9 Low Average High External Input x3 x4 x6 External Output x4 x5 x7 Logical Internal File x7 x10 x15 External Interface File x5 x7 x10 External Inquiry x3 x4 x6 Table2 :Represent how count the external inputs and outputs, user interactions and external interfaces. Function point counts can be used in conjunction with lines of code estimation techniques. The number of function points is used to estimate the final code size. Based on historical data analysis, the average number of lines of code in a particular language required to implement a function point can be estimated AVC. The estimated code size for a new application is computed as follows: Code size = AVC x Number of function points 6 The advantage of this approach is that the number of function points can often be estimated from the requirements specification so an early code size prediction can be made, show the table 3. 94

10 Language Ratio-Source :Executable Assembler 1:1 Macro-Assembler 1:1.5 C 1:1.25 ALGOL 1:3 COBOL 1:3 FORTRAN 1:3 Pascal 1:3.5 RPG 1:4 PL1 1:4 MODULA-2 1:4.5 Ada 1:5 PROLOG 1:5 LISP 1:5 FORTH 1:5 BASIC 1:5 LOGO 1:6 4-GLs 1:8 APL 1:9 Objective-C 1:12 SmallTalk 1:15 Query Languages 1:20 Speadsheet 1:50 Table3 :Levels of selected software language relative to Assembler language 95

11 5.3. The Scale Drivers In the COCOMO II model, some of the most important factors contributing to a project's duration and cost are the Scale Drivers. You set each Scale Driver to describe your project; these Scale Drivers determine the exponent used in the Effort Equation.[5,8] The 5 Scale Drivers are: Precedent ness Development Flexibility Architecture / Risk Resolution Team Cohesion Process Maturity 5.4. Cost Drivers COCOMO II has 17 cost drivers you assess your project, development environment, and team to set each cost driver. The cost drivers are multiplicative factors that determine the effort required to complete your software project. For example, if your project will develop software that controls an airplane's flight, you would set the Required Software Reliability RELY cost driver to Very High. That rating corresponds to an effort multiplier of 1.26, meaning that your project will require 26% more effort than a typical software project. COCOMO II defines each of the cost drivers, and the Effort Multiplier associated with each rating. [8,9] 96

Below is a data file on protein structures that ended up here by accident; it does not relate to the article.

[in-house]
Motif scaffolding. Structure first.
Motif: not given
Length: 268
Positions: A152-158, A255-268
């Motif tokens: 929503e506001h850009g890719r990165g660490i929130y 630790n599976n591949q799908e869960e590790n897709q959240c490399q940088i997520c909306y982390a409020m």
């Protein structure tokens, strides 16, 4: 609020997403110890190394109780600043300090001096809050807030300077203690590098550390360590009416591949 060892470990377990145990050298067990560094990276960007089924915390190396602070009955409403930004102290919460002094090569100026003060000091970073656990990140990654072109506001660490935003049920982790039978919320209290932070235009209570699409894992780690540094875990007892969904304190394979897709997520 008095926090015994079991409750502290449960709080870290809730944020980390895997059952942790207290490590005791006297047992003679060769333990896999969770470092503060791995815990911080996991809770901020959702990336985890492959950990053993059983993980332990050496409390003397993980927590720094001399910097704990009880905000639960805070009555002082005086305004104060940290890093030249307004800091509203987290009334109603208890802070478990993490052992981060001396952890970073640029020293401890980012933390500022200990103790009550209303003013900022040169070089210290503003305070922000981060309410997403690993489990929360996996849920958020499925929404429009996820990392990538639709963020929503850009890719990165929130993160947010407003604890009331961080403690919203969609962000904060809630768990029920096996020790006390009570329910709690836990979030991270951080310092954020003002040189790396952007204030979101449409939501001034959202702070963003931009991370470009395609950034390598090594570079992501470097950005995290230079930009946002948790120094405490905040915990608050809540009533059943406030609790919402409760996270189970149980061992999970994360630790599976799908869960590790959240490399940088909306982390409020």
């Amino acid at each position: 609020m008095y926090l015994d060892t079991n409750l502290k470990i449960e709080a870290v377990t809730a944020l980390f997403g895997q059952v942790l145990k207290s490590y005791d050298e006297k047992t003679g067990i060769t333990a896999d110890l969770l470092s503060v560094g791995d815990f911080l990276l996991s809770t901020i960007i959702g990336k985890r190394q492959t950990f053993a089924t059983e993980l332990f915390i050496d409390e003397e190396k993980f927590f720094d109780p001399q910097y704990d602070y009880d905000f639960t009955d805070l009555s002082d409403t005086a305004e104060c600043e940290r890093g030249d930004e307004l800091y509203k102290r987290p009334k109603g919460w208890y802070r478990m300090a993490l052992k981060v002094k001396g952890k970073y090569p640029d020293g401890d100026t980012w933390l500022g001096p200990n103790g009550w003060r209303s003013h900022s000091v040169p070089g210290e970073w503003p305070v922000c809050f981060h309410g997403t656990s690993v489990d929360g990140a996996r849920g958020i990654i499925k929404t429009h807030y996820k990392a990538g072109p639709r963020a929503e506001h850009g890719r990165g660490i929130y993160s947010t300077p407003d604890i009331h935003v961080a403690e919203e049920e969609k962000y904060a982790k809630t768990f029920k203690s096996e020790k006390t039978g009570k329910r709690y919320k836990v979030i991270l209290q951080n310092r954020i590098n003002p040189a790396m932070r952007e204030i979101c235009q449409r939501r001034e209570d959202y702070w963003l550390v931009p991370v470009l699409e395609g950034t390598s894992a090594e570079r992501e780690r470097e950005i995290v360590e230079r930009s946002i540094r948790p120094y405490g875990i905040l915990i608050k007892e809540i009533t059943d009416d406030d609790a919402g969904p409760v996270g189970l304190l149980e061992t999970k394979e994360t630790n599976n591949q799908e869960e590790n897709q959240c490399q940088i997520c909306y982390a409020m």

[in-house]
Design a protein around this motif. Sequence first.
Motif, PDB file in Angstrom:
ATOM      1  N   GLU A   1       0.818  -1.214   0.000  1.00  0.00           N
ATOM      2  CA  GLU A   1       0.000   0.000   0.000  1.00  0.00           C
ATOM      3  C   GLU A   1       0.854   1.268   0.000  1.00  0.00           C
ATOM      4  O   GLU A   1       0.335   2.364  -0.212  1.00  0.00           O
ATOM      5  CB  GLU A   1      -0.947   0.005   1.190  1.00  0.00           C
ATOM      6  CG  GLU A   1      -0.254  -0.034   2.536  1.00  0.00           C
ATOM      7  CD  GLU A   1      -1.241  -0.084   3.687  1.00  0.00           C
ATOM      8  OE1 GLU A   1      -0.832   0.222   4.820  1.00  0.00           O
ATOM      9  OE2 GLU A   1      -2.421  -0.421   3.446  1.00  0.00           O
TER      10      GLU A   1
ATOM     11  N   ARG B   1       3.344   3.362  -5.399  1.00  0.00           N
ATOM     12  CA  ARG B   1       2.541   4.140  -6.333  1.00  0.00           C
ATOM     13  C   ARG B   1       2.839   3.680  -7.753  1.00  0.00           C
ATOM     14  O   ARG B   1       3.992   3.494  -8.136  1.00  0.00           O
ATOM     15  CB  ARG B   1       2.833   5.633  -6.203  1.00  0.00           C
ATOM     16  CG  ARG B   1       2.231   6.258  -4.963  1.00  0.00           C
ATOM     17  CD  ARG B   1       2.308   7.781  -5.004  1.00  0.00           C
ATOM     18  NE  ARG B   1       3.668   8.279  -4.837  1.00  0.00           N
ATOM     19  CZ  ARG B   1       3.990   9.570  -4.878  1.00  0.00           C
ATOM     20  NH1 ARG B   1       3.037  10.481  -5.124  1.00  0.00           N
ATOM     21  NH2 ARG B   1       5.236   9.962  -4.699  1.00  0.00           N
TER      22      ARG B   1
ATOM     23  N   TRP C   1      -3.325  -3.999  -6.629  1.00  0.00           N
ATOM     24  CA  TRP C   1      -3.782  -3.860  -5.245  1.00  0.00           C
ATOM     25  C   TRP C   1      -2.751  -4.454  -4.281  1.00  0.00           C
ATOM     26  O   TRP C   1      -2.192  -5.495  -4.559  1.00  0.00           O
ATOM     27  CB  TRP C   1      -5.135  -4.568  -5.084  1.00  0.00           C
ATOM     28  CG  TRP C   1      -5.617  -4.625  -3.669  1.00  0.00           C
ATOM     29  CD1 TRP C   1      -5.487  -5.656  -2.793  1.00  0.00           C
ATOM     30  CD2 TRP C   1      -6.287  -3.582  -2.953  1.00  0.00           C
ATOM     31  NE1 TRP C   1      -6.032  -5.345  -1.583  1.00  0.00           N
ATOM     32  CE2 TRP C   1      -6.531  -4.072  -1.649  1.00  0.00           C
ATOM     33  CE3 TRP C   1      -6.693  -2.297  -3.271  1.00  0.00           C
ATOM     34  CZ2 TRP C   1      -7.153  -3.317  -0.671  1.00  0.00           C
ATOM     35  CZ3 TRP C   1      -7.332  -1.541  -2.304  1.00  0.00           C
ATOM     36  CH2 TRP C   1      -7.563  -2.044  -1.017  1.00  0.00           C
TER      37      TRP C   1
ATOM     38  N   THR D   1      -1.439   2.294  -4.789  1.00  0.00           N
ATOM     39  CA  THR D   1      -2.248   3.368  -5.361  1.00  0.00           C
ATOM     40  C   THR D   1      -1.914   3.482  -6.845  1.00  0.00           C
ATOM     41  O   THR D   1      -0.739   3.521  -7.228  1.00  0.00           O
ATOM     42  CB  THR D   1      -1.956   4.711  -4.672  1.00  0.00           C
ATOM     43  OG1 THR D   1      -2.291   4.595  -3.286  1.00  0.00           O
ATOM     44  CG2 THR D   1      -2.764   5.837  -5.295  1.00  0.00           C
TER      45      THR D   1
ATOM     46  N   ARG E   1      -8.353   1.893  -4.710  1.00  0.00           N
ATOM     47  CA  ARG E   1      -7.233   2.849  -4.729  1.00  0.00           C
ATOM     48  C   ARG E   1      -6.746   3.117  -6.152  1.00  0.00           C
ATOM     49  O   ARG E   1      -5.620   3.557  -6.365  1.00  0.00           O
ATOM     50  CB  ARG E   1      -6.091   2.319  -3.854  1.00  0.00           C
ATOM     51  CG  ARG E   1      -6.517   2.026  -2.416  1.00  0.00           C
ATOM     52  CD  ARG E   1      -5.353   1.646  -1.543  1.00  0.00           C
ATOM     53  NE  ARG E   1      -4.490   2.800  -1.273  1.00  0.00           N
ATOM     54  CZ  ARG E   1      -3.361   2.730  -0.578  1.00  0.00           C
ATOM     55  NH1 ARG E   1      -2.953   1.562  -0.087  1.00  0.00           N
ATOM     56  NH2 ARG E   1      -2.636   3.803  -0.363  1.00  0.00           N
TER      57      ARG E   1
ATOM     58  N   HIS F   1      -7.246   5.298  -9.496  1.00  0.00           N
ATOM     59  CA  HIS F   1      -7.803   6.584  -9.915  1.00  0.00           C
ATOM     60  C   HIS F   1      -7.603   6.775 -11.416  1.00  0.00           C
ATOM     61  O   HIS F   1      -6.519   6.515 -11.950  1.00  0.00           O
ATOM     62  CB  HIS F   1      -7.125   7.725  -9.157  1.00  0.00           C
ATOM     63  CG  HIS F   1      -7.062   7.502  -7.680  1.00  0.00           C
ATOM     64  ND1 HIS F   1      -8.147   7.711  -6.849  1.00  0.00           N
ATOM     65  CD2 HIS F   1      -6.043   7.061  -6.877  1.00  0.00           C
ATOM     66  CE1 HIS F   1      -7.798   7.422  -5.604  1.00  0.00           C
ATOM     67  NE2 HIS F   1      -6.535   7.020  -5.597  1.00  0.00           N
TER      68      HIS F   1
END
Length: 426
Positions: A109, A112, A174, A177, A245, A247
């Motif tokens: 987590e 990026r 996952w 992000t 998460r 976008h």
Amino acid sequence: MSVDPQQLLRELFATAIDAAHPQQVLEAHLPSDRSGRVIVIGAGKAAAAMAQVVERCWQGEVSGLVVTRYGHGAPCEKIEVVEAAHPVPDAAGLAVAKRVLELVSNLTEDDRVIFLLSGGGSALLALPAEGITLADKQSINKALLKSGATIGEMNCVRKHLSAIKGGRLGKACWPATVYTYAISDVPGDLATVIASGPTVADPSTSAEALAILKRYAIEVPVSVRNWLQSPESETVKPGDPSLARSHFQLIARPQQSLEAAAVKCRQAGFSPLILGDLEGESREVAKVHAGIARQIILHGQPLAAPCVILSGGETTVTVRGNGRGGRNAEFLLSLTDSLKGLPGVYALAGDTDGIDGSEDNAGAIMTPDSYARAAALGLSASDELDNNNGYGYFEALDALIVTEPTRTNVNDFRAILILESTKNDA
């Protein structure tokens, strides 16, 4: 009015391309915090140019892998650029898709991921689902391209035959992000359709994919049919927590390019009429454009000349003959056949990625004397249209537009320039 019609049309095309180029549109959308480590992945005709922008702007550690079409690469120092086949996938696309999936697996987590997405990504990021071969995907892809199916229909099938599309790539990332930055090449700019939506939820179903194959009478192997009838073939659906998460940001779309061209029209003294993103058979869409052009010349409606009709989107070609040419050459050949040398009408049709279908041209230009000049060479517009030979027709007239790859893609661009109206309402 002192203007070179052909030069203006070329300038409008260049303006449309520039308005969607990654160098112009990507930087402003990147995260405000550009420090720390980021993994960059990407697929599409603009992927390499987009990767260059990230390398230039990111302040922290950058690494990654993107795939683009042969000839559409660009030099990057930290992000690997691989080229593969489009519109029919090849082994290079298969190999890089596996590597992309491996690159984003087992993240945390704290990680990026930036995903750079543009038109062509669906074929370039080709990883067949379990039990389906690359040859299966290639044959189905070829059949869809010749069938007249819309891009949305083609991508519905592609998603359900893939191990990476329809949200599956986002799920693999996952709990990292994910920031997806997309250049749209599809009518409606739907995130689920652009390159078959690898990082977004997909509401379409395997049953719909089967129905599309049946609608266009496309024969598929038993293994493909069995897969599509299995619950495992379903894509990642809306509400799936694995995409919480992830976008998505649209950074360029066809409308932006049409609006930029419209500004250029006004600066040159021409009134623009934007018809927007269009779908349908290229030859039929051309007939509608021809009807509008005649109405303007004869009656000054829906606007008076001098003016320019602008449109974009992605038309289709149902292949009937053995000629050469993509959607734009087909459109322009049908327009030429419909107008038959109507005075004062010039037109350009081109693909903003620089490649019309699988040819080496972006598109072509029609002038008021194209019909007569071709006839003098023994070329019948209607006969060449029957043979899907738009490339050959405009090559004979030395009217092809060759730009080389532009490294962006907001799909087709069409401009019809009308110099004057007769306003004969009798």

12 5.5. COCOMO II Effort Equation[5,6] The COCOMO II model makes its estimates of required effort measured in Person-Months PM based primarily on your estimate of the software project's size as measured in thousands of SLOC, KSLOC: Effort = 2.94 * EAF * KSLOC E... 7 Where EAF Is the Effort Adjustment Factor derived from the Cost Drivers. E Is an exponent derived from the five Scale Drivers. As an example, a project with all Nominal Cost Drivers and Scale Drivers would have an EAF of 1.00 and exponent, E, of Assuming that the project is projected to consist of 8,000 source lines of code, COCOMO II estimates that 28.9 Person- Months of effort is required to complete it: Effort = 2.94 * 1.0 * = 28.9 Person-Months 5.6. Effort Adjustment Factor [4,6] The Effort Adjustment Factor in the effort equation is simply the product of the effort multipliers corresponding to each of the cost drivers for your project. 97